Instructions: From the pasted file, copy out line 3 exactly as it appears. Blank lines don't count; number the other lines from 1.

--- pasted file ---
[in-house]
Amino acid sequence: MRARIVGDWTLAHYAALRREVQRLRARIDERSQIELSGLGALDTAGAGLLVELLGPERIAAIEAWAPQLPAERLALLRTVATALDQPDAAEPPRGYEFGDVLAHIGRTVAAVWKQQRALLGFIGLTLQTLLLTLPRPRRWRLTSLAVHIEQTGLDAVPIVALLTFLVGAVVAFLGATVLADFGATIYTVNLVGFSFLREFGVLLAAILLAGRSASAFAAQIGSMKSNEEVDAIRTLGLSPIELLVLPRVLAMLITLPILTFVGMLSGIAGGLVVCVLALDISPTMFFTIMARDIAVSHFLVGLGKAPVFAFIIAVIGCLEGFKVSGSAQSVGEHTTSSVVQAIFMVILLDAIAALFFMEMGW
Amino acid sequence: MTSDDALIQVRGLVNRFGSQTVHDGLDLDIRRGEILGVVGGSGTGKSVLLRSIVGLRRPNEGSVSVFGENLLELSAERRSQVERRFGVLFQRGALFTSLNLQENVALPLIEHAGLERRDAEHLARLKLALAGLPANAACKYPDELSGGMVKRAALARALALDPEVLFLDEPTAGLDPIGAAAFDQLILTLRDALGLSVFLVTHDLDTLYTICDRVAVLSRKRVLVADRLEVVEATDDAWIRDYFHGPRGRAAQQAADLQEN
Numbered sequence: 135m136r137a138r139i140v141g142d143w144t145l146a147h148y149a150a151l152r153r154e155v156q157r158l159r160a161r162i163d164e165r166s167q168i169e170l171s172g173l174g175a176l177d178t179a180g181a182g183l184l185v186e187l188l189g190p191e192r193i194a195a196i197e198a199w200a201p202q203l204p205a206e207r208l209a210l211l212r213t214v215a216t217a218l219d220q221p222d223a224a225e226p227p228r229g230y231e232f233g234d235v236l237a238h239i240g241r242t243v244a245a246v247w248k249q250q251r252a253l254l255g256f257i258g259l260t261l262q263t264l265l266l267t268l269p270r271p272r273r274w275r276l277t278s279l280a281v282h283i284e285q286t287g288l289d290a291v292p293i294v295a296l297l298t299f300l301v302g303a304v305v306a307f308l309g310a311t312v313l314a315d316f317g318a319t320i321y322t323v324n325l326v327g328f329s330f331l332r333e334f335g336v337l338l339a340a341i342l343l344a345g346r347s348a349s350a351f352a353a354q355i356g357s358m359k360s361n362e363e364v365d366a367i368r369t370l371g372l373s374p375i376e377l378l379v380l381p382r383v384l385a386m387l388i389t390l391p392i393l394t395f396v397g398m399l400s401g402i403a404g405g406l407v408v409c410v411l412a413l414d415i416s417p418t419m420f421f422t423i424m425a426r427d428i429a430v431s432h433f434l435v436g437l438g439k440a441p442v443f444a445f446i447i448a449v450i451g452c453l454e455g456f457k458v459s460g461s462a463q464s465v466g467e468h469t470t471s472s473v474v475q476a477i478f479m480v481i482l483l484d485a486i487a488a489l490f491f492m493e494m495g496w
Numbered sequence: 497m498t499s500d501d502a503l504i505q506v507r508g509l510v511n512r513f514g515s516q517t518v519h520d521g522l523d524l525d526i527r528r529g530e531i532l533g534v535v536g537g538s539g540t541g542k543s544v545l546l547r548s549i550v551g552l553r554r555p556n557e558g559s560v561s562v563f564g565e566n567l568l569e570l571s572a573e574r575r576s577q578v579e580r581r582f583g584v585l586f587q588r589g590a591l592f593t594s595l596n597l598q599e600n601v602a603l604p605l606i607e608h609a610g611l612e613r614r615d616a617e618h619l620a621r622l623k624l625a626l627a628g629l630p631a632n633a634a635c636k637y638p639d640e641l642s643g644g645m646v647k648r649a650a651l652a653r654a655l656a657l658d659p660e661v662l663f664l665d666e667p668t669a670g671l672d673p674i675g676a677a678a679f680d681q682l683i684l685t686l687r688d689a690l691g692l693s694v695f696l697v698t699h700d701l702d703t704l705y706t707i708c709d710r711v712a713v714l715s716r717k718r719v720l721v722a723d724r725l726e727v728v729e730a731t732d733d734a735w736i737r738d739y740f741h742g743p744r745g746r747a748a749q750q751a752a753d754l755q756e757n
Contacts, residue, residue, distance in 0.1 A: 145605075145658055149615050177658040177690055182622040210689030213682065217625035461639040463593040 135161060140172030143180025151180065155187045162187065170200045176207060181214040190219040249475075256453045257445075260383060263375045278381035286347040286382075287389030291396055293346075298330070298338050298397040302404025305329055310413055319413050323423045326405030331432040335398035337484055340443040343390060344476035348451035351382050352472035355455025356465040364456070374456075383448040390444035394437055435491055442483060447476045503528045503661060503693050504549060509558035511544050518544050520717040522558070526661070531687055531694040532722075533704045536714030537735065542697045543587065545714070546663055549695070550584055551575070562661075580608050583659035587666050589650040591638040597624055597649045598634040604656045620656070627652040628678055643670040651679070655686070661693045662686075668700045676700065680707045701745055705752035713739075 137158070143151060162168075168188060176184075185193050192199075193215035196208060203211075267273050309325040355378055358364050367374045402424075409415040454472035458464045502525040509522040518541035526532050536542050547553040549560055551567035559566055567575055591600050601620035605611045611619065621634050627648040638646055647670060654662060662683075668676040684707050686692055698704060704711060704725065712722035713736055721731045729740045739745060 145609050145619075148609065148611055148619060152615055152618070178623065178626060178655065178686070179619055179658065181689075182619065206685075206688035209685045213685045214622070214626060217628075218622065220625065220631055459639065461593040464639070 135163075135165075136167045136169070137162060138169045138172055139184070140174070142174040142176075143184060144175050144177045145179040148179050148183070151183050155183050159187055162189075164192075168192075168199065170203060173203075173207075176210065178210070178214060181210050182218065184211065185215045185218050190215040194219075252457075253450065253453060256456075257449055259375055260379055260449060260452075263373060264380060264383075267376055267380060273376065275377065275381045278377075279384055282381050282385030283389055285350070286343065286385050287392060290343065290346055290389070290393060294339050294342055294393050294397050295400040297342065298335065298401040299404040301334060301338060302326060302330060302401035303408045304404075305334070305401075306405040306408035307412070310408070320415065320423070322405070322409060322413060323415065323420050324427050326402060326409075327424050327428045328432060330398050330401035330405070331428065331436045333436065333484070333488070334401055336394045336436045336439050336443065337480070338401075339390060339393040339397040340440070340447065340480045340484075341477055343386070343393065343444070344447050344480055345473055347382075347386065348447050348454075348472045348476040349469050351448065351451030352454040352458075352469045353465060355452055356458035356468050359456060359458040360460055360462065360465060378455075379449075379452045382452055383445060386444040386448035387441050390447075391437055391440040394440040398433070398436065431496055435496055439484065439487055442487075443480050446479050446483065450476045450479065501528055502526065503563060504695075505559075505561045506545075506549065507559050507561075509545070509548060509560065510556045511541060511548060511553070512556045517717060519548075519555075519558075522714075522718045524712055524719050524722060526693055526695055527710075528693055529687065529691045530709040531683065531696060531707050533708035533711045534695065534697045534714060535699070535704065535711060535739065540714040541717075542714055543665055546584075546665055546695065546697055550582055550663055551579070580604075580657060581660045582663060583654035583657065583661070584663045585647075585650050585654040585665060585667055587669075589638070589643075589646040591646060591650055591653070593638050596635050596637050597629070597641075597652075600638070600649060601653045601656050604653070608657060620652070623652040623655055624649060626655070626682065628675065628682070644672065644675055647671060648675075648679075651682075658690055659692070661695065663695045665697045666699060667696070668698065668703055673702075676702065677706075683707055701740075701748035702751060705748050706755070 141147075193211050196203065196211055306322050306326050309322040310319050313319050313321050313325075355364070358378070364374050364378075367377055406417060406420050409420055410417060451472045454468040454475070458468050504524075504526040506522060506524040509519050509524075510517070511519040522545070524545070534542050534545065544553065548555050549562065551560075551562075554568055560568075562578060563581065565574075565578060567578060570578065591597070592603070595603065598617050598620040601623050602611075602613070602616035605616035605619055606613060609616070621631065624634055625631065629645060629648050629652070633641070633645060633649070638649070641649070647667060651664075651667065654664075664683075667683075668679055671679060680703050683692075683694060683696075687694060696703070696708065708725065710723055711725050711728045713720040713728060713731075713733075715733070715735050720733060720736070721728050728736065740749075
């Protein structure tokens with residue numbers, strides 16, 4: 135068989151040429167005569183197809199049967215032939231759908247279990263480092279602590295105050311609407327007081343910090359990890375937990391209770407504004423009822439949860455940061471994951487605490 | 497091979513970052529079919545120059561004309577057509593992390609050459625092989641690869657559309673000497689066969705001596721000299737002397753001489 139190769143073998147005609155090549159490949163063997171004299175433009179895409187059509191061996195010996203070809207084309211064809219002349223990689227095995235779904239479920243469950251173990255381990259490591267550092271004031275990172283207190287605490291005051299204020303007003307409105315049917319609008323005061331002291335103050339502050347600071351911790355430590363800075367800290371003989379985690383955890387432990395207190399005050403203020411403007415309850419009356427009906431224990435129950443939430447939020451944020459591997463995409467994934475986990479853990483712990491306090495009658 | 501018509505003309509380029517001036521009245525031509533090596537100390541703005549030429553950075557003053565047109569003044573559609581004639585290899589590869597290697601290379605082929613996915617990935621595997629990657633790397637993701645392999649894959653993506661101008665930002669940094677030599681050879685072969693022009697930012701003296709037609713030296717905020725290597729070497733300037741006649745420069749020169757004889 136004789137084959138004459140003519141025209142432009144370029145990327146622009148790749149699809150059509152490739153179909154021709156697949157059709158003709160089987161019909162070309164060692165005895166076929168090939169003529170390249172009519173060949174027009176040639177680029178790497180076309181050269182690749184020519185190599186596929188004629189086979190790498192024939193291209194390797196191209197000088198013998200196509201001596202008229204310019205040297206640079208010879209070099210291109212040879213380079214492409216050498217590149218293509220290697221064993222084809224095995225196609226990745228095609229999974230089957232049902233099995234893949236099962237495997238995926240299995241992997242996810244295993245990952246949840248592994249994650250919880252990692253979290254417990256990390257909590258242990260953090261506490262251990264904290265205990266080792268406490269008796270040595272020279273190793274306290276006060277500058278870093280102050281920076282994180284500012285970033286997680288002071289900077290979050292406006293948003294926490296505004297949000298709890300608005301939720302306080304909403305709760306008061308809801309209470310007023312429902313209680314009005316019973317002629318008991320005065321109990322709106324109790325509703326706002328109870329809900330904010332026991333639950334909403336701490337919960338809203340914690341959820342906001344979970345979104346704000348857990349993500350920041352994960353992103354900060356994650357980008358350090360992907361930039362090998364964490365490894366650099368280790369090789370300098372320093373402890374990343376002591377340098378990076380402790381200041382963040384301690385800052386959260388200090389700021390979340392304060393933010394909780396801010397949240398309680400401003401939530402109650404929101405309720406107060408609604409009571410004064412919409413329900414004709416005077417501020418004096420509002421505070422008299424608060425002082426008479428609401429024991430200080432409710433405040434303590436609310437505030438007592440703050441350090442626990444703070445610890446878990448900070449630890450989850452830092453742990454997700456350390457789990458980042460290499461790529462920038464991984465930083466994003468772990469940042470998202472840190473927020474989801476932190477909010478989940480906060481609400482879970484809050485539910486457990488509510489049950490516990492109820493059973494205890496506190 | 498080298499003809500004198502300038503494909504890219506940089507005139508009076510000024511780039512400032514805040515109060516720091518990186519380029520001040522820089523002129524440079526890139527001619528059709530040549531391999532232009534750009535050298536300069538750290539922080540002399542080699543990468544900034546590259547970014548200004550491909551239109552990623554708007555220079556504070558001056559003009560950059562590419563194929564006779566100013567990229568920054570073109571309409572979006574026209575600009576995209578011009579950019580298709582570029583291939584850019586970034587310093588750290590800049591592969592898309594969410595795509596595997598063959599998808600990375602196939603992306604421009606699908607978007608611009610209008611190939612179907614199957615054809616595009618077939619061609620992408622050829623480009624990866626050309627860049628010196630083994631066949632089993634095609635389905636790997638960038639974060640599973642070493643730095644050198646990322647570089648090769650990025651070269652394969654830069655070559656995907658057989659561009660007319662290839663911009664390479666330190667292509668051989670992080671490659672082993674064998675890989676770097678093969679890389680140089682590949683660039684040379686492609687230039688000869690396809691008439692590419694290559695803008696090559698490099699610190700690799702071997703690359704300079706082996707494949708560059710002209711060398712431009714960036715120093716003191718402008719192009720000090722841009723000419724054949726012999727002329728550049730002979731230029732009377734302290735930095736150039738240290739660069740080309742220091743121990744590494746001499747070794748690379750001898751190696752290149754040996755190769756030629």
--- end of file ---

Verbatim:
Amino acid sequence: MTSDDALIQVRGLVNRFGSQTVHDGLDLDIRRGEILGVVGGSGTGKSVLLRSIVGLRRPNEGSVSVFGENLLELSAERRSQVERRFGVLFQRGALFTSLNLQENVALPLIEHAGLERRDAEHLARLKLALAGLPANAACKYPDELSGGMVKRAALARALALDPEVLFLDEPTAGLDPIGAAAFDQLILTLRDALGLSVFLVTHDLDTLYTICDRVAVLSRKRVLVADRLEVVEATDDAWIRDYFHGPRGRAAQQAADLQEN